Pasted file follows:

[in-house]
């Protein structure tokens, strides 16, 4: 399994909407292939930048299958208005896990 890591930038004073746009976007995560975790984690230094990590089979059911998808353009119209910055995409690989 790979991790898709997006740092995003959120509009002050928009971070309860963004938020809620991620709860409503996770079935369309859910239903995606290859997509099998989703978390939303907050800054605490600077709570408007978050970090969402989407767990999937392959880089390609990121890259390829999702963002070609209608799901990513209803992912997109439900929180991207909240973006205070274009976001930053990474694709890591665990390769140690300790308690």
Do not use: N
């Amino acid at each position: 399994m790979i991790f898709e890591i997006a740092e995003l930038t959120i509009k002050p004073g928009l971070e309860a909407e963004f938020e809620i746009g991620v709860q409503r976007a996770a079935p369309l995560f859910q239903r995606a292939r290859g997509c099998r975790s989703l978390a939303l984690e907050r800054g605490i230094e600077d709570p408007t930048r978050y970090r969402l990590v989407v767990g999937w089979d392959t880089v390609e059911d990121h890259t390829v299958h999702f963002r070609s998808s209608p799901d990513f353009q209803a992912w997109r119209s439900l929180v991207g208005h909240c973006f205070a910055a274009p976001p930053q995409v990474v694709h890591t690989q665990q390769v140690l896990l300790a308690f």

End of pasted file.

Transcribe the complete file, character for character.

[in-house]
């Protein structure tokens, strides 16, 4: 399994909407292939930048299958208005896990 890591930038004073746009976007995560975790984690230094990590089979059911998808353009119209910055995409690989 790979991790898709997006740092995003959120509009002050928009971070309860963004938020809620991620709860409503996770079935369309859910239903995606290859997509099998989703978390939303907050800054605490600077709570408007978050970090969402989407767990999937392959880089390609990121890259390829999702963002070609209608799901990513209803992912997109439900929180991207909240973006205070274009976001930053990474694709890591665990390769140690300790308690």
Do not use: N
């Amino acid at each position: 399994m790979i991790f898709e890591i997006a740092e995003l930038t959120i509009k002050p004073g928009l971070e309860a909407e963004f938020e809620i746009g991620v709860q409503r976007a996770a079935p369309l995560f859910q239903r995606a292939r290859g997509c099998r975790s989703l978390a939303l984690e907050r800054g605490i230094e600077d709570p408007t930048r978050y970090r969402l990590v989407v767990g999937w089979d392959t880089v390609e059911d990121h890259t390829v299958h999702f963002r070609s998808s209608p799901d990513f353009q209803a992912w997109r119209s439900l929180v991207g208005h909240c973006f205070a910055a274009p976001p930053q995409v990474v694709h890591t690989q665990q390769v140690l896990l300790a308690f």